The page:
Umami Santoku is all you need

// Interview by Laura Trumpp
// Photography by Per Finne and Nils-Erik Bjørholt

Norwegian designer Per Finne masters a knife, mixing tradition with modernity because he believes that value comes with time.


Since 2002 Per Finne runs his own design studio in the village of Voss in the west­ern part of Norway. Beforehand he worked as Associate Professor in product design at the Norwegian University of Science and Technology. Per Finne works on a wide range of projects with a main focus on sports equipment and domestic products. Living in the midst of the dramatic landscape of Western Norway, his work is highly influenced by nature. His products have a simple and clean expres­sion and a good balance between form and function.


Per Finne Portrait


What are the best words to describe the „UMAMI SANTOKU“ Knife?

Versatile, multipurpose, simple and flexible.


What is the concept behind it?

We tend to buy knives with a certain purpose, and in the end we have too many knives to take care of.

You actually just need one good knife to perform most cutting operations when cooking. If you own one good knife, you have a different relation to it-you take care of it with much more dedication. By keeping the knife sharp you create a long lasting tool to enhance the experience of cooking.


How did you come up with the name and what does it mean?

Umami is the “5th taste” – the taste of good (flavor). Santoku is the japanese name for a “three-in-one-knife”. A knife for several purposes. (Actually meat, fish and vegetables)


What can you say about the Japanese culture in this context?

The knife was initially designed for a show in Tokyo a few years back, and the idea was to design products related to Japanese food and cooking – but from a Norwegian point of view. I think traditional Japanese culture values objects in a different way than in our culture-they pay more respect to objects.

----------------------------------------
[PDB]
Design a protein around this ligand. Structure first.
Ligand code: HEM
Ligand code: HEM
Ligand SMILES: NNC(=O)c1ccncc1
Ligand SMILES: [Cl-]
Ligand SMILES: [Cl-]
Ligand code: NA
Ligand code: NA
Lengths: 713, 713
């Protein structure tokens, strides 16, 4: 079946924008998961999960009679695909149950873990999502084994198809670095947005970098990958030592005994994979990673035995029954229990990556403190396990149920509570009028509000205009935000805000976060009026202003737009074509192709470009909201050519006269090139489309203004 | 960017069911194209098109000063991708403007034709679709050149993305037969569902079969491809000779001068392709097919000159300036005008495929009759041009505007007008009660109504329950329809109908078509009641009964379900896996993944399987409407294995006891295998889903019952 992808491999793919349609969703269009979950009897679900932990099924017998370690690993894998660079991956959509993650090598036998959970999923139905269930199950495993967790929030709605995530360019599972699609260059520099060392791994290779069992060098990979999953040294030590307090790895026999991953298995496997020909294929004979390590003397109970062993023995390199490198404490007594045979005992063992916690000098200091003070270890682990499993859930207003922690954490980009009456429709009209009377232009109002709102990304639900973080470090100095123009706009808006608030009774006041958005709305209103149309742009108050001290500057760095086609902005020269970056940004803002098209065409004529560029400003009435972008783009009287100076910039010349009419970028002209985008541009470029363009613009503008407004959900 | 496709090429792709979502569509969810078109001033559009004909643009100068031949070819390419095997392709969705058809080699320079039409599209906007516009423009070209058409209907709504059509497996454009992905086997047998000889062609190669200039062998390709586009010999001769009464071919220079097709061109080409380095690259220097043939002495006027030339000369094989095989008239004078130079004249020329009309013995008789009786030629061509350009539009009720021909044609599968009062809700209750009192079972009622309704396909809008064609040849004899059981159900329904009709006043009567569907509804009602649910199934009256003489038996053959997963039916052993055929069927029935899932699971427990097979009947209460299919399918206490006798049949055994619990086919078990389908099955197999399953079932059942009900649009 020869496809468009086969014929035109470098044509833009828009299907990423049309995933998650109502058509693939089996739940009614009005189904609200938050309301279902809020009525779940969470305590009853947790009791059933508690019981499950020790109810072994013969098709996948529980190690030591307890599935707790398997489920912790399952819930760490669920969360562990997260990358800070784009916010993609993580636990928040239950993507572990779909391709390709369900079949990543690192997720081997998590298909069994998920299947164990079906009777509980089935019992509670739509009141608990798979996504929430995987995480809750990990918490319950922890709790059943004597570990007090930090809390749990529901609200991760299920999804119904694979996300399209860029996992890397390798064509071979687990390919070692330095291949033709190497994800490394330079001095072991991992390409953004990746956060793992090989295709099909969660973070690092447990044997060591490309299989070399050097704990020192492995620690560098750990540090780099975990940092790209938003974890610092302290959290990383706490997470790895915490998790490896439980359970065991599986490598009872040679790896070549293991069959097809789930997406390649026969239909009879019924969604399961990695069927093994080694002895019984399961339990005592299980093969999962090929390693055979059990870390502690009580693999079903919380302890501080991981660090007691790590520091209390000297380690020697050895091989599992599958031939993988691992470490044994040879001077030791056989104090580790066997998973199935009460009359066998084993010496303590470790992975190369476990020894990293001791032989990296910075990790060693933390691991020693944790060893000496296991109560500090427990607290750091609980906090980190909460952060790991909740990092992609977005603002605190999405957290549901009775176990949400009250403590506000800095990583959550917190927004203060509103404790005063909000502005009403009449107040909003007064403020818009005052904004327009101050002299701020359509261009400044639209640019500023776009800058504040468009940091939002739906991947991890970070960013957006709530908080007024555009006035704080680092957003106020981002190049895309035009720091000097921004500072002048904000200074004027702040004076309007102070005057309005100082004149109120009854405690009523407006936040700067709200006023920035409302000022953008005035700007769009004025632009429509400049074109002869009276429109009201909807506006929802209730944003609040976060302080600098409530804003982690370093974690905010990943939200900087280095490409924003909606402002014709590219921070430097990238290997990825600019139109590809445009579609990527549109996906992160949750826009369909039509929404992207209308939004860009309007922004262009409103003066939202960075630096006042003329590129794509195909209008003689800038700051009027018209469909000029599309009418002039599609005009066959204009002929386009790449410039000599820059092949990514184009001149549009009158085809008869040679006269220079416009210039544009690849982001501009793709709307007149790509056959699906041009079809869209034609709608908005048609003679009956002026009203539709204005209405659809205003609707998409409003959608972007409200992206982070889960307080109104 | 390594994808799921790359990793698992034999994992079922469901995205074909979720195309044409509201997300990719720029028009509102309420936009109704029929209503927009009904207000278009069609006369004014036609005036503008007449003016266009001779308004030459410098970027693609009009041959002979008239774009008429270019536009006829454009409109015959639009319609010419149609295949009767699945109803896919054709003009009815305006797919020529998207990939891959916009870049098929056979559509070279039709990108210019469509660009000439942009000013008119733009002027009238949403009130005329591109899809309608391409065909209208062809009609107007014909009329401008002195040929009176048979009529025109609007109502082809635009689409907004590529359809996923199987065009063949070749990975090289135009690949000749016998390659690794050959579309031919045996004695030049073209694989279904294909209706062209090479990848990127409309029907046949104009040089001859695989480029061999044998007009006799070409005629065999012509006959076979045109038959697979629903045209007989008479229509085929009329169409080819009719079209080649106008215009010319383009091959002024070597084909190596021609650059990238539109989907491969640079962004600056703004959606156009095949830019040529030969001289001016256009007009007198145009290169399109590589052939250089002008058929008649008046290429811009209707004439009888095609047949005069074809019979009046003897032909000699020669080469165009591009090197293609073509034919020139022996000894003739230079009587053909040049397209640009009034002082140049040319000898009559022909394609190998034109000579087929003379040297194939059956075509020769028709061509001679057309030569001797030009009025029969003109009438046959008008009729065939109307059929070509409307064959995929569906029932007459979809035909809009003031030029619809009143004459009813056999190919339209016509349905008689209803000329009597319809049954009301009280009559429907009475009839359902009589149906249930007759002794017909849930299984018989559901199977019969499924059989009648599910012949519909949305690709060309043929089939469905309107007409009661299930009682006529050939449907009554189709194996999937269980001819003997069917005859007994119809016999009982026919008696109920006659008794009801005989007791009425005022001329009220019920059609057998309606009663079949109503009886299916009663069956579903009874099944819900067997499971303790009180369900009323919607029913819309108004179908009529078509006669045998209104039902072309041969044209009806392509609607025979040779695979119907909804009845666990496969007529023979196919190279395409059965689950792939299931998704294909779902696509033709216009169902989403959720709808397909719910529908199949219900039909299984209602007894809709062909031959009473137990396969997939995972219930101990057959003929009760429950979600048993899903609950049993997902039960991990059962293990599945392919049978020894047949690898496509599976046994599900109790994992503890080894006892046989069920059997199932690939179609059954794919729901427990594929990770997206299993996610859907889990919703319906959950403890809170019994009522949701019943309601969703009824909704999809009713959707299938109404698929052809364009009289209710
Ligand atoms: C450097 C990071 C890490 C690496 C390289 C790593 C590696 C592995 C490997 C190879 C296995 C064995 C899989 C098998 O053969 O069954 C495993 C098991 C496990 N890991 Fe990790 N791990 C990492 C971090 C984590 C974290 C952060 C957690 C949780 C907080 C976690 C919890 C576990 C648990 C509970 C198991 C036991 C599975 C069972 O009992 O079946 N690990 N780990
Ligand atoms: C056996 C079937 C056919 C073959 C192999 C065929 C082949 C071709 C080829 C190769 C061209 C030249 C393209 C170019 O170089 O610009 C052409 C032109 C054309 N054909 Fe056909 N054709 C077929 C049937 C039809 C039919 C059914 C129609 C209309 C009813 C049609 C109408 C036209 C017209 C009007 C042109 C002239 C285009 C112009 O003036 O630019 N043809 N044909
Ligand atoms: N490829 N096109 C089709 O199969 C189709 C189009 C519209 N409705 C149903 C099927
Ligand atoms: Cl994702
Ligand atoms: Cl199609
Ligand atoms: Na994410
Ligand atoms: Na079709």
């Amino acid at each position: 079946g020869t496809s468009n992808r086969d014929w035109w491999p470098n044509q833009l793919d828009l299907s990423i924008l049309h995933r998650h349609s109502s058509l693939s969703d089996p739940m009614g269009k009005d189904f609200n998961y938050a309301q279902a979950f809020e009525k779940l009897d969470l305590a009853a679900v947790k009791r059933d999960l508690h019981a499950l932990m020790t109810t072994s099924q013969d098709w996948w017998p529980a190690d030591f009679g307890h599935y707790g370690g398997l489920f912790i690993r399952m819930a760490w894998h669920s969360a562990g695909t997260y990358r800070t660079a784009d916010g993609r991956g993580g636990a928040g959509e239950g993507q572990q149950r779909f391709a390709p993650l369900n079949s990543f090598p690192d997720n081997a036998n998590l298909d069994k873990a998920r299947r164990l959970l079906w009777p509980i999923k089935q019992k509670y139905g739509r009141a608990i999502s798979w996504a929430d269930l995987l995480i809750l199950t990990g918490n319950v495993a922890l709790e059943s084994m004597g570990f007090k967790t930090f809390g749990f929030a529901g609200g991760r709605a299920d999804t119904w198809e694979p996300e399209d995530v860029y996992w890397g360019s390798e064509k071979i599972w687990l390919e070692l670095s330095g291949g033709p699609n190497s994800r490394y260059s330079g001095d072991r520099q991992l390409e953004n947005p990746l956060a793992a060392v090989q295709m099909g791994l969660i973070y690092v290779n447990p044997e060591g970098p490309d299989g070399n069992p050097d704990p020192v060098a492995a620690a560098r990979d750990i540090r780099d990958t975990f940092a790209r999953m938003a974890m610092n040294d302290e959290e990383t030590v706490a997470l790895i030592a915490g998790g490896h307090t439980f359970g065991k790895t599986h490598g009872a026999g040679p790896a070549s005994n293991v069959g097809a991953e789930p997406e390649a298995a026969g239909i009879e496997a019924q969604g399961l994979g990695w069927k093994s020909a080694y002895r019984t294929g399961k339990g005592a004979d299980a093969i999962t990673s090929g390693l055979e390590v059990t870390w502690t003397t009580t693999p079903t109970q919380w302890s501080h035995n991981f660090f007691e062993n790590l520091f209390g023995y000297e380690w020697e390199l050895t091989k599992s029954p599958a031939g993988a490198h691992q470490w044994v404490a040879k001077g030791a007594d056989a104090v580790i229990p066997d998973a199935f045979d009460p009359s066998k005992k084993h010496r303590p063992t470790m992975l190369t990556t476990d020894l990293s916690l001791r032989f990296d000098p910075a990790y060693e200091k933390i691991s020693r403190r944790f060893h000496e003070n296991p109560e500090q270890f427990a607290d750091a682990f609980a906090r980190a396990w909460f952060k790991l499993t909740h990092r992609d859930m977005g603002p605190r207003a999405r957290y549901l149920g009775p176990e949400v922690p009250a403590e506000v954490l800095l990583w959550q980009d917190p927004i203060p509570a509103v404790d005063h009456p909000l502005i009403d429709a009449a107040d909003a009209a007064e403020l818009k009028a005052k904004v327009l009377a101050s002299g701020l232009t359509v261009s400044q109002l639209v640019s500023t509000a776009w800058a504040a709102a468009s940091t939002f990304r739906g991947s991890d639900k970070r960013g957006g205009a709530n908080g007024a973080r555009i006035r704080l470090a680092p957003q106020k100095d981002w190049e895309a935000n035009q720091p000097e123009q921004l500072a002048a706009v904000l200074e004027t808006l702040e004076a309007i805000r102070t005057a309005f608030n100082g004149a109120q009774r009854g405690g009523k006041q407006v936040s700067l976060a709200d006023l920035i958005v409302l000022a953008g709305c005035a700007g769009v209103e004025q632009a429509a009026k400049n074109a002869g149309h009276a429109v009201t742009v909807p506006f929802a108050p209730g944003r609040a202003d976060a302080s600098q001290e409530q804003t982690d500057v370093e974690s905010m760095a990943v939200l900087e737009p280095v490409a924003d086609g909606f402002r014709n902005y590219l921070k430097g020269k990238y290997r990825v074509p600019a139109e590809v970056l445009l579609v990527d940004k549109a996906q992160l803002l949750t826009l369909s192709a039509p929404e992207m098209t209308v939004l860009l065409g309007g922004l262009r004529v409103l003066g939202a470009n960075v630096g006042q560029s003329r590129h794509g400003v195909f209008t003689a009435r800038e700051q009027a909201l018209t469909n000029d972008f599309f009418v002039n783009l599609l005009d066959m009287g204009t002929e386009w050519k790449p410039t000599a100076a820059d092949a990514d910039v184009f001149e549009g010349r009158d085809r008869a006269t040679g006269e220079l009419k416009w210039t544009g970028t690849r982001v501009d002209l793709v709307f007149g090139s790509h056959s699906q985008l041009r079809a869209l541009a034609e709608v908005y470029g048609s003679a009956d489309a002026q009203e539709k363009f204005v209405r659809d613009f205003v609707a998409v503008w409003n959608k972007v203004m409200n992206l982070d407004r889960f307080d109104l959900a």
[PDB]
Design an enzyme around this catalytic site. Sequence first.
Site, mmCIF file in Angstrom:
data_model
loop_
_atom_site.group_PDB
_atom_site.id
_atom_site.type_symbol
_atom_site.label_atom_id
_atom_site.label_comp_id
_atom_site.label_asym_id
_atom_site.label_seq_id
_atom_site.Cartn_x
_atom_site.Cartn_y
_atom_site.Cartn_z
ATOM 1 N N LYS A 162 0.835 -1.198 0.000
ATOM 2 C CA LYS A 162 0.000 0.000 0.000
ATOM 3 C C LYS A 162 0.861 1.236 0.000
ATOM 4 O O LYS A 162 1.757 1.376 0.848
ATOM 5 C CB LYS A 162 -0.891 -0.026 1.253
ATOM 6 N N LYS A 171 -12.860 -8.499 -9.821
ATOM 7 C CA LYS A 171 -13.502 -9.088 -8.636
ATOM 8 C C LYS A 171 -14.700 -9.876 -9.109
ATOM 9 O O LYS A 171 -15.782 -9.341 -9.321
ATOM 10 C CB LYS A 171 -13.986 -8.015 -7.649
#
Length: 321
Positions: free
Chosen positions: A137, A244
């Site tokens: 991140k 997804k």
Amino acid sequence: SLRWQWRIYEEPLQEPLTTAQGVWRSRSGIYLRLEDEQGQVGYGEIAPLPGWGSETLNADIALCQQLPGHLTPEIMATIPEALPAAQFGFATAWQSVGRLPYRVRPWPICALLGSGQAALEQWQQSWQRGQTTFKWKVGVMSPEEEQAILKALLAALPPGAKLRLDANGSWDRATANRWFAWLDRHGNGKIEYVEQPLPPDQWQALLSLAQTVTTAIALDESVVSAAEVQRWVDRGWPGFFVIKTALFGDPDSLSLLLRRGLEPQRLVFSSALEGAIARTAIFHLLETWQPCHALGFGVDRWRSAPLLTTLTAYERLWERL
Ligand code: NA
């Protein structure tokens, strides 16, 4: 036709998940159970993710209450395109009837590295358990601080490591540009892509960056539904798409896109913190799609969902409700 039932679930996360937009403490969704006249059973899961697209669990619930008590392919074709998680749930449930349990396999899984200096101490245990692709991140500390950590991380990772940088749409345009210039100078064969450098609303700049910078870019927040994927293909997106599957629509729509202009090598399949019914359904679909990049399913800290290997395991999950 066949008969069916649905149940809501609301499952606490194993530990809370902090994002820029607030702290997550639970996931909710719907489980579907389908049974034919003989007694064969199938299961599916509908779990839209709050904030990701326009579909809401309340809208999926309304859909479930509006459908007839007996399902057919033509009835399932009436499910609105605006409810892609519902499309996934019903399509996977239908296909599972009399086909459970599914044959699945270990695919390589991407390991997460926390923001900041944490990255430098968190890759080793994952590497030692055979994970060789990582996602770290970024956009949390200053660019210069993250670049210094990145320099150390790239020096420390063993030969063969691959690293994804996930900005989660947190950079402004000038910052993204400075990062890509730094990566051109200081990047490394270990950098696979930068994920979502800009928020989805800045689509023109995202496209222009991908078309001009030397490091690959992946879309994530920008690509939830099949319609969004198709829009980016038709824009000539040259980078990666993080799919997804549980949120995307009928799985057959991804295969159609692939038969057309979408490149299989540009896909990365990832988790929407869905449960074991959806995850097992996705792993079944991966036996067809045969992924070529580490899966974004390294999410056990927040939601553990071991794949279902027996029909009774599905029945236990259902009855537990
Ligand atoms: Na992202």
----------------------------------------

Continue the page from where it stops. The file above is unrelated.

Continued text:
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What inspired you to do this project?

I like cooking and I think that good tools create a better experience – as in any other activity. I also think that when it comes to sustainable design, it should not be about making products of recycled plastic – but about making products that people take care of, giving them a long life. When I was teaching product design, I used the knife as an example when talking about the designers responsibility towards making good and lasting products. Is it possible to make new products that people can relate to – and that have similar values as objects with a longer story (like things we have inherited or we were given as kids).

These ideas were manifested in the Umami Santoku. The knife received a lot of positive feedback, which encouraged me to put it into production.


You talk about aesthetics and how it is about „sensing experience“. Would you elaborate on this thought?

Aesthetics is how we sense something – not only what it looks like, but how the knife feels in the hand when the blade slices through a tomato without resistance – and the smell of the food when cutting it. Aesthetics is about how you experience something with several senses at the same time…


Can you say something about the materials you used and why?

The steel is Molybdenum Vanadium. This makes a sharp knife with just enough flexibility to make it usable for a wide range of purposes.

The handle is made of oak without any surface finish. That makes it tactile, and it will get a patina during use.


How are the Mana-ita cutting board and Umami Sontoku Knife linked? What was the idea?

The Mana-ita is a solid oak cutting board, but also a place to keep the knife. When you slide the top of the board to the side, the knife is revealed. Then you take it out and close the Mana-ita – it becomes a small ritual that marks the start of preparing a meal. I think everyday cooking can be a way of relaxing, and calming down after a day at work.


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What can we learn from craftsmanship and how does it help in the digital era?

Craftsmanship is about patience, perfectionism and focus.
It’s about being able to rest your mind. And it’s about a multisensory experience of the world around us.


What is the importance of craftsmanship?

The things that surround us have an origin, and I think we tend to forget that. Craftsmanship reminds us to appreciate and value things.


How would you describe your work?

I seek to find the best possible balance between form and function, and try to fulfill both-the rational and emotional needs of the users. And I try to give the products a simple, but still distinct shape.


What can you use the knife for?

The Umami Santoku is a multipurpose knife, and can be used for the most cutting- slicing and chopping operations while cooking.


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Is there any symbolic value regarding Umami Santoku?

The Umami Santoku can be seen as a comment to the modern consumption society, where we so easily replace products. They don’t mean much to us. Just a generation ago we cared more for our things, and we actually repaired things that were broken.


I also hope that the knife can be a source of good aesthetic experience.